In the end, I believe he was ready to go. His mind was still razor sharp, but his body had long been in decline. But beyond all else, I think he just wanted to be with my Grandmother again. Ever since she passed on, he’d often say with a chuckle something along the lines of, “I don’t know what I’m still doing here!” Particularly whenever I’d call him on his birthday. I can’t think of a more potent explanation of what love is than the sight of my invincible Grandfather crumbling to a thousand pieces as he stood over my Grandmother’s casket. And all this time since, he’s just been stuck at the station, waiting for his train to take him back home to her. Just as he always used to. He was a devout Catholic, and there was no doubt in his mind what he believed to be next for him, and it brings me a great sense of peace, knowing he was at peace himself.
Goodbye Gramp. I love you very much and I’ll never forget you.
Finally got around to putting an edit together of our Nashville trip from OVER A YEAR AGO. What a time it was to be able to just hop on a plane to meet your friends in a new city for the fun of it. Our friend Jon turned 30, and a group of us descended upon Nashville to celebrate it. It was a quick two-night trip, but we did a lot with a little.
We pushed our way down Broadway, watching the bands play at one honky tonk after the other. We sang at the top of our lungs in a year-round Christmas themed karaoke bar, packed in shoulder to shoulder. Some of us were even brave enough to do it with a microphone. We learned about craft cocktails, and then drank some. We hit the dance floor at a bar disguised as an unassuming single family home. And in a period of two days we ate more Nashville hot chicken than any respectable physician could recommend. It was a lot with a little, but most important of all, we raised our glasses and wished our friend a happy thirty.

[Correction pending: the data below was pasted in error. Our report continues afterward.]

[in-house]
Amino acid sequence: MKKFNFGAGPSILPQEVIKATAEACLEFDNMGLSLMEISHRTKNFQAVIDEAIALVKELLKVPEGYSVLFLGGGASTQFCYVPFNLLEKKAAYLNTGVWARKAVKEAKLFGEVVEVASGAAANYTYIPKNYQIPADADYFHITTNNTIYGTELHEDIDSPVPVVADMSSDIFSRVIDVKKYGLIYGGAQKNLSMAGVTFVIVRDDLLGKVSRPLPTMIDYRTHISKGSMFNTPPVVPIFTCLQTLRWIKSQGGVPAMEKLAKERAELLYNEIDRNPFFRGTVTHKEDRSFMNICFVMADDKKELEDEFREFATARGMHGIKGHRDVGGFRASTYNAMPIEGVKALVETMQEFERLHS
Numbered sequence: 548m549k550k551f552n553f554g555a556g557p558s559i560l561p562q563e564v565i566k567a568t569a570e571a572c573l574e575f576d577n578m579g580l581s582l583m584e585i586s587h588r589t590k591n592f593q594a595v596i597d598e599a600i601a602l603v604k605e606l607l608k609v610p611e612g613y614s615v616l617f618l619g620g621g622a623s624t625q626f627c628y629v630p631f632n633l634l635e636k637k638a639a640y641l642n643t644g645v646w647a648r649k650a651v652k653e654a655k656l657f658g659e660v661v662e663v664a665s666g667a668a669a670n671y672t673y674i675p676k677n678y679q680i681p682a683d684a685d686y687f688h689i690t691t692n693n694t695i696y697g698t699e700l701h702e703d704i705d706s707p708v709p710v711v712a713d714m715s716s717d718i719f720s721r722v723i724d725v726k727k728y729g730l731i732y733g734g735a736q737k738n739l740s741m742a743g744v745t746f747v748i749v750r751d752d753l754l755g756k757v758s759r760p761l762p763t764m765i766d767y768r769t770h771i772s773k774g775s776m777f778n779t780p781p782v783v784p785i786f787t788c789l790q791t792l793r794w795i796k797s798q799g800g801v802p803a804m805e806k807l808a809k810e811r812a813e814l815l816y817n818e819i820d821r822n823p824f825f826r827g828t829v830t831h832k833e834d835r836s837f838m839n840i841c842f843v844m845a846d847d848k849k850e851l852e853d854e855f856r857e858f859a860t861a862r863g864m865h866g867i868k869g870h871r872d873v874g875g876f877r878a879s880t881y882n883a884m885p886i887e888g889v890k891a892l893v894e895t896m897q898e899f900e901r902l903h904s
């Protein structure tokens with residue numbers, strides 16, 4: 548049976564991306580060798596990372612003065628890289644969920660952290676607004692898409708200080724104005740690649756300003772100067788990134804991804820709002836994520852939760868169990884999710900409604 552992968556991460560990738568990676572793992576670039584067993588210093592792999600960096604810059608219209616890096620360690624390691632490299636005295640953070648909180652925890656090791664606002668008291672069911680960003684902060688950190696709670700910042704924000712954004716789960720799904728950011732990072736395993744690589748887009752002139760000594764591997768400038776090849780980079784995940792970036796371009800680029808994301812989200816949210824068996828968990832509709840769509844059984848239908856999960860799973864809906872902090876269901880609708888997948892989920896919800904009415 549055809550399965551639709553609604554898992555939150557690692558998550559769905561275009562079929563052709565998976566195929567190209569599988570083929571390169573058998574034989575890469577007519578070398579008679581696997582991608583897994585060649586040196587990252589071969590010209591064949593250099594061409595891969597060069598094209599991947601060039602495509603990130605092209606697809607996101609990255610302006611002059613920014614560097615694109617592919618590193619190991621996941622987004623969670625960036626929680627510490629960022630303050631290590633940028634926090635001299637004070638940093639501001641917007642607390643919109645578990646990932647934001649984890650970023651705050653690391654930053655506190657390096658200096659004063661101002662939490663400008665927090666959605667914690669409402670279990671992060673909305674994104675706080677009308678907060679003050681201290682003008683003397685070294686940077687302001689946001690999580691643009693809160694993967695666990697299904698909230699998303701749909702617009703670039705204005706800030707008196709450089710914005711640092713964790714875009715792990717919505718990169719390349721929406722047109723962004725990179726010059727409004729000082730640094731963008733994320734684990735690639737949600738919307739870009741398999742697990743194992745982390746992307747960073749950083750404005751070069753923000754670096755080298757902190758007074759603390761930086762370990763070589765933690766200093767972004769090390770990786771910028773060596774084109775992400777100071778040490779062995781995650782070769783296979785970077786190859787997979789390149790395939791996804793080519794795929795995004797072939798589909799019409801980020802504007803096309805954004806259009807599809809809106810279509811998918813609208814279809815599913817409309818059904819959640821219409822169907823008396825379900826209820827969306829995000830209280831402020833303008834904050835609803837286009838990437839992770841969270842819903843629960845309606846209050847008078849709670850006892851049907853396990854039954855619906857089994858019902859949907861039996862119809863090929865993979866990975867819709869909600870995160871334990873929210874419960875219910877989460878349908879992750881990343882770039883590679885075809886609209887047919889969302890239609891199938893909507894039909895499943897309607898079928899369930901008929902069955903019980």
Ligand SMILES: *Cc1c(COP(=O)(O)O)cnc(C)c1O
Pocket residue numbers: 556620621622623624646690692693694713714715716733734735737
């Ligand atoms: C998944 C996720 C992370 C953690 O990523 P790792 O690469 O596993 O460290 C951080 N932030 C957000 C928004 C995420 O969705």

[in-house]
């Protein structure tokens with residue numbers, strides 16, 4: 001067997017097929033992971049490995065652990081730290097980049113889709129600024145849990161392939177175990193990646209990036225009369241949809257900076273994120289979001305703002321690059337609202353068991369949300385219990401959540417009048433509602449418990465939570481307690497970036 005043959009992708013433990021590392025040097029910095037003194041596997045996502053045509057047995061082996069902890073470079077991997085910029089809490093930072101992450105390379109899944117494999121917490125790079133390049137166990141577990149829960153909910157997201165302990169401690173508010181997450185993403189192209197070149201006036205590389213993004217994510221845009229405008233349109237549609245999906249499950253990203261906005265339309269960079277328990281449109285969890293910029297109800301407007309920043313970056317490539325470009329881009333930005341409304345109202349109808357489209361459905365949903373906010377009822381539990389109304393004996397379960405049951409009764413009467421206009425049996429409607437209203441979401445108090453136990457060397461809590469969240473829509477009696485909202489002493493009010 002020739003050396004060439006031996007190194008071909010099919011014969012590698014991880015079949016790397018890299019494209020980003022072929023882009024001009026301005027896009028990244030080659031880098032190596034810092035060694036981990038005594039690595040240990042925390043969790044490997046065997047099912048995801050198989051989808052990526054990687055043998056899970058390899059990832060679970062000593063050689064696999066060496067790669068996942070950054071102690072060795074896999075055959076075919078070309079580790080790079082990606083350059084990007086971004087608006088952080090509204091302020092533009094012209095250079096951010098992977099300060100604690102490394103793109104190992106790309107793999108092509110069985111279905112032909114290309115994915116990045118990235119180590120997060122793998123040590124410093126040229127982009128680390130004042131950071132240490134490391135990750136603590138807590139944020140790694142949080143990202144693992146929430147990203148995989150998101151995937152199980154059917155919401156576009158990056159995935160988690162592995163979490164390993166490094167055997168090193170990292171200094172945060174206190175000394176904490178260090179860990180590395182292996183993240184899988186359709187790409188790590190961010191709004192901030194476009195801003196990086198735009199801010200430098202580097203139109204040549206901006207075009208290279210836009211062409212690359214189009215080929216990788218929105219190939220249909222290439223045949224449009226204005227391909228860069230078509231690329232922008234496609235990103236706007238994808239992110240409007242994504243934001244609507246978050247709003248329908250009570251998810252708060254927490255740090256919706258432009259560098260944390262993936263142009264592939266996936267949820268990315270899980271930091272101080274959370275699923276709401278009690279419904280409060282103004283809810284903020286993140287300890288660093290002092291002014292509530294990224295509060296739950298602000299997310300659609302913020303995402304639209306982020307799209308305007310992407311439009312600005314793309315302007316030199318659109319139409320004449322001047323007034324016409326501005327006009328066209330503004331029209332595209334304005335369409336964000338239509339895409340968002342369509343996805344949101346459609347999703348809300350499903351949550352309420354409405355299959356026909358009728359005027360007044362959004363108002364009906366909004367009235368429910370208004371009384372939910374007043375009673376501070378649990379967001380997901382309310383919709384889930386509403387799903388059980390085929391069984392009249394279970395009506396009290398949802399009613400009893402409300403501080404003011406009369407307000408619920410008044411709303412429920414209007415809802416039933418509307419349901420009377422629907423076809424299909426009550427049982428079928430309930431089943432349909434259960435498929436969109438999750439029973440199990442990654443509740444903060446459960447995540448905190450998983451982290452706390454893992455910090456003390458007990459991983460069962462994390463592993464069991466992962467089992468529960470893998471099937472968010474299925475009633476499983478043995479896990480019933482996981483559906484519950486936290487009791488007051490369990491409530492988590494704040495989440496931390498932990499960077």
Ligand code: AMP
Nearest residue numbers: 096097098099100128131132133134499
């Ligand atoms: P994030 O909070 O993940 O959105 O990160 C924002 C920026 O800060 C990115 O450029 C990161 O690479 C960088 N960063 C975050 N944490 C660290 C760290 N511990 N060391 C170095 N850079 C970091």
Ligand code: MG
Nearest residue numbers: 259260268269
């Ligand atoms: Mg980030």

Over the years I’ve taken part in a few projects that’ve won awards and recognition. I’m hardly ever credited, but I don’t really care to be honest.
This award will always be my favorite and the only one I’ve ever cared about. Grades wise, I never did too well in school. A good kid but a bad student. This little award was confirmation that I was doing something right though. It certainly seemed more important to me than any report card I’d ever gotten. What can I say, it’s a major award.
I’ve never liked driving very much, and navigating LA has ever only reinforced that. Anything you could ever need here isn’t very far from you, a short mile or two in any direction. It’s easy. Driving there however, and finding a place to park can be an entirely different story. A real mess. It was one of the many reasons I think I had a hard time taking to this city at first. Then one day, ten years ago, I walked into a bike shop and then out with a bike. My take on Los Angeles flipped overnight the moment I got on two wheels instead of four.
So, for the past ten years I’ve ridden a bike more days than I haven’t. I’ve got the legs and lungs to prove it. It’s been one of my favorite parts of my day all the while. The weather is beautiful, rain is far and few between, and I’m often moving faster than the traffic around me. There’s a sweet spot of distance in the city at the right times, where it takes longer to travel by car than if you were to bike. It’s very freeing weaving through crawling traffic and being able to park and lockup pretty much anywhere.